Geosciences begin with the ground we walk on, delve inward to the center of the Earth and expand outward to other planetary bodies in our solar system. Geoscientists study the composition, structure and history of our surroundings and ultimately provide us with a better sense of ourselves, the universe around us and our connection to everything.
Careers in the geosciences appeal to those with an interest in science who like to travel and to work outdoors. Geology majors are typically employed in the areas of natural resources, assessment of natural hazards, the impact of climate change or environmental management. Jobs with smaller domestic energy and environmental companies are relatively abundant for those holding Bachelor of Science degrees, although many choose to pursue graduate degrees and work for major international energy companies or scientific research laboratories.
Those working in environmental geology are advised to take the Fundamentals of Geology portion of the National Association of State Boards of Geology licensing exam during their senior year. The UT Dallas curriculum specifically addresses areas covered in this exam.
Steady population and economic growth put stresses on water and natural resources, which combined with the impacts of climate change, provide a growing demand for geoscientists. Job opportunities abound in:
The University’s Career Center is an important resource for students pursuing their careers. Licensed counselors are available to provide strategies for mastering job interviews, writing professional cover letters and resumes, and connecting with campus recruiters, among other services.
Differences between BS and BA degrees:
Students in the BS degree program generally will continue their studies in geosciences or closely related programs in graduate schools and attaining a master’s or doctorate degree.
The degree requires 53 hours of geosciences, eight hours of chemistry, and eight hours of math toward a total of 122 credit hours needed to graduate. The requirements for the BA degree are identical to the BS degree for the first two years.
Visit the GeoClub, a registered student organization devoted to promoting geoscience awareness and knowledge within the University and the general community:
The Fast-Track Program enables exceptionally gifted undergraduate students to include master’s level courses in their undergraduate degree plans. When Fast-Track students graduate with a bachelor’s degree, they are automatically admitted to graduate school at UT Dallas. The hours required to complete the master’s degree is reduced by the number of Fast-Track graduate hours completed. A Fast-Track undergraduate who passed 12 hours of graduate coursework would have only 21 hours of graduate coursework left in order to complete a master’s degree.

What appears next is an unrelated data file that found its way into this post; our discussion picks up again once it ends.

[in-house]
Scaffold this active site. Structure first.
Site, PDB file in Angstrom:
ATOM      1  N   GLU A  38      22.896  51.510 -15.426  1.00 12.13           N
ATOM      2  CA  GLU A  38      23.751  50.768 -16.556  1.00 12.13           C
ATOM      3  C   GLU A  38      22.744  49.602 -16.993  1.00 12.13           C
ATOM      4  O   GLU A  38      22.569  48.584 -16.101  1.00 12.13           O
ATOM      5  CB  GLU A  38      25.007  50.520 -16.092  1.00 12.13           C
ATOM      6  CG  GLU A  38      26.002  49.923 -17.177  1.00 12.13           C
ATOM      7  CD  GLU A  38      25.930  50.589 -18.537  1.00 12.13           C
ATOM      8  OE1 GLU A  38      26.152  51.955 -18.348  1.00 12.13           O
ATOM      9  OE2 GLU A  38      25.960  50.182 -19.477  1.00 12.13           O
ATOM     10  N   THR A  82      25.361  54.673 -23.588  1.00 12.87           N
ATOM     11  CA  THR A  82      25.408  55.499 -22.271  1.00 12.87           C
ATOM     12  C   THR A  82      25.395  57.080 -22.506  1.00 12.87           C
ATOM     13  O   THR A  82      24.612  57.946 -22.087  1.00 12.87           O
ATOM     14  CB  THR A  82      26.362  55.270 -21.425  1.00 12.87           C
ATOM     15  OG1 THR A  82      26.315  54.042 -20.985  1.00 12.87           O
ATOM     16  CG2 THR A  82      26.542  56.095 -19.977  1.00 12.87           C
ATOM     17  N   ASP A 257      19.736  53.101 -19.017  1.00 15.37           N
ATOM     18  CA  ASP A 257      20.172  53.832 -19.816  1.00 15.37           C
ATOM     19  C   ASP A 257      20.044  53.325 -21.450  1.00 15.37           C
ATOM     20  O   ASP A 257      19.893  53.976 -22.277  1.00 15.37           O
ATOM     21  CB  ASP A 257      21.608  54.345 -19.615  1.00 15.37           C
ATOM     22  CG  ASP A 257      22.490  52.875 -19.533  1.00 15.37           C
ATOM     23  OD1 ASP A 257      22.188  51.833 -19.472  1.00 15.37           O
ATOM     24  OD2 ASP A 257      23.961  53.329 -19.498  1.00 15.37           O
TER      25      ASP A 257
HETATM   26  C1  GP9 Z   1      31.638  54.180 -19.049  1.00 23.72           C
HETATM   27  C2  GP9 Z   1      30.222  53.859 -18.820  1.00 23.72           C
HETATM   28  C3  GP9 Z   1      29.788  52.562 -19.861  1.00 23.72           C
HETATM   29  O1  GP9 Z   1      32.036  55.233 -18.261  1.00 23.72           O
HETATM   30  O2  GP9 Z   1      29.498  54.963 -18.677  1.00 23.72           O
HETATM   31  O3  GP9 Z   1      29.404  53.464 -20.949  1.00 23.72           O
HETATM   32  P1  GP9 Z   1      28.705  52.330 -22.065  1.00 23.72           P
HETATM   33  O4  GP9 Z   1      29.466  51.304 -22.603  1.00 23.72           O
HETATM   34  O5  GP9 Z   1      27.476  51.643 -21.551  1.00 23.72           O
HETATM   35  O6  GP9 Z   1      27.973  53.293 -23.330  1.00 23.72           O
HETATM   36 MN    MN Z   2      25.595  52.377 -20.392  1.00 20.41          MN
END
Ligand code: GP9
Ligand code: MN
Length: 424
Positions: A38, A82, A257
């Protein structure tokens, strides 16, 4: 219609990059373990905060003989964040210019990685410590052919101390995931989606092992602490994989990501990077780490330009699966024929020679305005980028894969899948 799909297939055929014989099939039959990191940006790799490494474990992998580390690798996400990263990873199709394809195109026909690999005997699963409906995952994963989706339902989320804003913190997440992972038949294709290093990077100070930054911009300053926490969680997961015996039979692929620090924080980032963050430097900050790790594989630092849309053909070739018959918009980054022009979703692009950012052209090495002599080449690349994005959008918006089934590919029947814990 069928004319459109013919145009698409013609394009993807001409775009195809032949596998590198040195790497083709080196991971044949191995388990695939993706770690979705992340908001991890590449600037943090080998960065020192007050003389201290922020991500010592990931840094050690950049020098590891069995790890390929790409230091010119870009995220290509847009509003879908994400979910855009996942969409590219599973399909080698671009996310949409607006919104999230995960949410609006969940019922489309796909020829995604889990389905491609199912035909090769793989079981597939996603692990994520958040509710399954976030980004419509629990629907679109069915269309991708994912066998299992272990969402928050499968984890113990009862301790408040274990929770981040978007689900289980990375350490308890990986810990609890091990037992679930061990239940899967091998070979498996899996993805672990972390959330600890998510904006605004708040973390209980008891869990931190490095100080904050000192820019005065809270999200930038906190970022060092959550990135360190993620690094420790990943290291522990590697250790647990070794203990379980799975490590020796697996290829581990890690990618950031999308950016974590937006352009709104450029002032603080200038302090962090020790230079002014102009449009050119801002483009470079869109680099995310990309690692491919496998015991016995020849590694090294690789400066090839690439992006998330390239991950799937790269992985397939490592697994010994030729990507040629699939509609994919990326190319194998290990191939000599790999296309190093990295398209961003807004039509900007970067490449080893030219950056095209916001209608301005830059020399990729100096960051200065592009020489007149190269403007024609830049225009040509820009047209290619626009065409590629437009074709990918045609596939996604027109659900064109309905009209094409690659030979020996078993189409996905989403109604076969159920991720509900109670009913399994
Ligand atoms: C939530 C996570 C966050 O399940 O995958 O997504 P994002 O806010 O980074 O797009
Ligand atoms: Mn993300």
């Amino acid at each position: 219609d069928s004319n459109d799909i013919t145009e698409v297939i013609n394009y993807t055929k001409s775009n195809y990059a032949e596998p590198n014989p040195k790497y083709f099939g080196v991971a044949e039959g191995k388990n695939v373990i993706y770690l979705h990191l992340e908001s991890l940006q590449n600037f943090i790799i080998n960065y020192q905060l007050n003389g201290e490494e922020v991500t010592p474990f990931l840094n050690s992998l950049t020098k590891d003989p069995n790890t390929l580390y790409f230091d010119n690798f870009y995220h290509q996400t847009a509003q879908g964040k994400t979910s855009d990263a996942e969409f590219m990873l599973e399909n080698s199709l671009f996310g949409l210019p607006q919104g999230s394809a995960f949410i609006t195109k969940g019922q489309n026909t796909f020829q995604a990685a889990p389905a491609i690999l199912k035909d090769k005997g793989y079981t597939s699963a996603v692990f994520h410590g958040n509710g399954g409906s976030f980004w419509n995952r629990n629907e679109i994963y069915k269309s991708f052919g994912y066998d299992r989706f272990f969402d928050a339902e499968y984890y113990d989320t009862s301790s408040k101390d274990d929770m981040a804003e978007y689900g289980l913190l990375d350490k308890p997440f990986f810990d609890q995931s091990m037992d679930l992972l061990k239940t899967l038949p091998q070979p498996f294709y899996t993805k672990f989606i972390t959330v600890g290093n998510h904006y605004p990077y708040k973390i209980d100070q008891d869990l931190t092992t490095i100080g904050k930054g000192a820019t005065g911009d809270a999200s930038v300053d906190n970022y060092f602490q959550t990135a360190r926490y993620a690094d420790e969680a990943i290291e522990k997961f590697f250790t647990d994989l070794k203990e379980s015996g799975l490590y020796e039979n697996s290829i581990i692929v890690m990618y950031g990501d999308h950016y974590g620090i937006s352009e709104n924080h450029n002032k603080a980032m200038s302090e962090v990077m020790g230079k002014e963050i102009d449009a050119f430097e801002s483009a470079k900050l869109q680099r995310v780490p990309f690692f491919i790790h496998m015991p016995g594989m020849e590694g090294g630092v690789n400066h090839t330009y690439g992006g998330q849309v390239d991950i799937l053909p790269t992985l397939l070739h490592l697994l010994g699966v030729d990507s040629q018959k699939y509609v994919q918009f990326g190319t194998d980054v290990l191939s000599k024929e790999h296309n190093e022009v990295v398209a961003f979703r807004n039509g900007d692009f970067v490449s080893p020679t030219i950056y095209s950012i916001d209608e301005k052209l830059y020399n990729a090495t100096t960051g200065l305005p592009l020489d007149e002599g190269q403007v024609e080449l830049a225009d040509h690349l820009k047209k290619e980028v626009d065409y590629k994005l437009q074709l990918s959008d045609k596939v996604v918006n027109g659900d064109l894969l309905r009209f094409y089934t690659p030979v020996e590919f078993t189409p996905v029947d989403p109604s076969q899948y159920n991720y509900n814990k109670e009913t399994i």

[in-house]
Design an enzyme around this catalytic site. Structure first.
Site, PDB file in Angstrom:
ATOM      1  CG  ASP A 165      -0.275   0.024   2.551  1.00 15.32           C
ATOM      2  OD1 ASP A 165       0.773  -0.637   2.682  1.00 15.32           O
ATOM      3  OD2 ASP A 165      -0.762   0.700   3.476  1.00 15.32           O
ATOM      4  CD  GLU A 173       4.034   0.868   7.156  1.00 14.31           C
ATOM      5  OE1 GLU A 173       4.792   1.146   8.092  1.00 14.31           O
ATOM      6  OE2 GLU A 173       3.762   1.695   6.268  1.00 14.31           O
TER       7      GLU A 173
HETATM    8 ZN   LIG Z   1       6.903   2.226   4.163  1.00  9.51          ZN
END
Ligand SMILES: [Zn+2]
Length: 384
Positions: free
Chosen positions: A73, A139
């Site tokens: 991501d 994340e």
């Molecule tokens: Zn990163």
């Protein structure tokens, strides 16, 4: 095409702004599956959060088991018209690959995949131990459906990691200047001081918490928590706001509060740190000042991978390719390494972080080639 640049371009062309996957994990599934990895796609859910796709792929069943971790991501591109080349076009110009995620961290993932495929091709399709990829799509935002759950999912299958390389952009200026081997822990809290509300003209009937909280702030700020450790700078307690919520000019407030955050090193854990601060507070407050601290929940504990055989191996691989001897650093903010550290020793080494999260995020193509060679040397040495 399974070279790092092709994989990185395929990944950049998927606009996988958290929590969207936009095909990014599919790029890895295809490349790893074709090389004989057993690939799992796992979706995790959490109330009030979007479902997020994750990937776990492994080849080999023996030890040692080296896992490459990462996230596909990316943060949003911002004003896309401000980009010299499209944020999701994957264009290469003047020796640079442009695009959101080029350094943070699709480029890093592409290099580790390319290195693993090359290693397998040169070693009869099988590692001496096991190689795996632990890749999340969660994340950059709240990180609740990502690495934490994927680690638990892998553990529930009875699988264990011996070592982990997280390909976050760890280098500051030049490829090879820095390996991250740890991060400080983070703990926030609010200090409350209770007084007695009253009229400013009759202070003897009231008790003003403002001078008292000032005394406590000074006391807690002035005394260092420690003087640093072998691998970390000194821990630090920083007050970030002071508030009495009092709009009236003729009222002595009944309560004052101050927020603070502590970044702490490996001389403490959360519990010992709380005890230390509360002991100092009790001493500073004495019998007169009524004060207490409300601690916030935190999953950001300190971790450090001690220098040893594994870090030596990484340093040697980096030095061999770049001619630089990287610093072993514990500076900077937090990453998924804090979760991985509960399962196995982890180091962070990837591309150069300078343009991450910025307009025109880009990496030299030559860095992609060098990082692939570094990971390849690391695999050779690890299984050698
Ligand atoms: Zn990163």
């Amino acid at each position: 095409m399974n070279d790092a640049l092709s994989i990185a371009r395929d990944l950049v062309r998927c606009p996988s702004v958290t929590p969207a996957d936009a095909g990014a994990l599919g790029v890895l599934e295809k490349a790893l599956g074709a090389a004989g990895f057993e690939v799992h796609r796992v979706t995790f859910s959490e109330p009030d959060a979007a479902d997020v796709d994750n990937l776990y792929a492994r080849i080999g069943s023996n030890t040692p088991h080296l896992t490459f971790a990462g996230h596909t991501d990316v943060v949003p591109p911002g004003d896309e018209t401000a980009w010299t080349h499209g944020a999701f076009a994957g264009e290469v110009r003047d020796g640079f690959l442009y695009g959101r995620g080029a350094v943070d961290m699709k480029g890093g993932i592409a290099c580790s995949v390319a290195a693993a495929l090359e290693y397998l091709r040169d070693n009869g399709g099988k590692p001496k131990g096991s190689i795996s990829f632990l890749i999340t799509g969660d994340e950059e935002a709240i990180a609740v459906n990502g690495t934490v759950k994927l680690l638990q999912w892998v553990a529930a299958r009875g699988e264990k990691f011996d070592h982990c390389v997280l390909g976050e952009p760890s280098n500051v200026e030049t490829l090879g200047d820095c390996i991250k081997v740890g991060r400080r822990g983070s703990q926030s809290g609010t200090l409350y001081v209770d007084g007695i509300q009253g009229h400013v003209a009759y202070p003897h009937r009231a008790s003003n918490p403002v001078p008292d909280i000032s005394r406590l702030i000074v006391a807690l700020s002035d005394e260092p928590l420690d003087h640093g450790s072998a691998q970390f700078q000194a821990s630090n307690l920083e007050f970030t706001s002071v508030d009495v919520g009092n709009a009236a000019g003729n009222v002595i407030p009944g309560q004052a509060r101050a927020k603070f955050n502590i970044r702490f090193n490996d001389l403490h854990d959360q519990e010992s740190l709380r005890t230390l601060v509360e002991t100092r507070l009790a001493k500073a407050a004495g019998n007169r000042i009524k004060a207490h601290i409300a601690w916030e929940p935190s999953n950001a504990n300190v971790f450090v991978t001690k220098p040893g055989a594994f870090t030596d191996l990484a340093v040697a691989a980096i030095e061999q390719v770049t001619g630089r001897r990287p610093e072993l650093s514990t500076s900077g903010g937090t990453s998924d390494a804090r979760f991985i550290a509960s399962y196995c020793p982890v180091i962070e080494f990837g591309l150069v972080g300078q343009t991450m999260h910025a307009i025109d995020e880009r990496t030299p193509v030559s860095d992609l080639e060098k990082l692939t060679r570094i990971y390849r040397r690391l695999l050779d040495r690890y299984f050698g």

High school students need an aptitude for science and an interest in the physical world around them, including nature, the environment and the outdoors in general. A background in geography, geology, chemistry and mathematics will help ensure success at the undergraduate level.
UT Dallas’ School of Natural Sciences and Mathematics offers degree programs for undergraduate and graduate students in biology, chemistry, geosciences, mathematics and physics. In addition to regular coursework, undergraduates are encouraged to participate in research alongside the faculty and graduate students. From the world-renowned Alan G. MacDiarmid NanoTech Institute, headed by Dr. Ray Baughman, to the William B. Hanson Center for Space Sciences—where Dr. John Hoffman helped discover water on Mars—the science education at UT Dallas is a hands-on, high quality experience for undergraduates and graduate students alike.
The UTeach Dallas program offers students the possibility of completing the requirements for high school teacher certification along with their regular BS or BA degrees.
Bachelor of Science: Actuarial science, biochemistry, biology, chemistry, geosciences, mathematics, molecular biology, physics
Bachelor of Arts: Biology, chemistry, geosciences, physics
Master of Science: Applied physics, bioinformatics and computational biology, biology-molecular and cell, biotechnology, chemistry, geosciences, mathematics, physics
Master of Arts: Teaching in mathematics education, teaching in science education
Doctor of Philosophy: Biology-molecular and cell, chemistry, geosciences, mathematics, physics
Postbaccalaureate certificate in biomedical science
Department of Geosciences
School of Natural Sciences and Mathematics
The University of Texas at Dallas
800 West Campbell Road
Richardson, TX 75080-3021
Dr. Dennis L. Miller
Associate Dean for Undergraduate Studies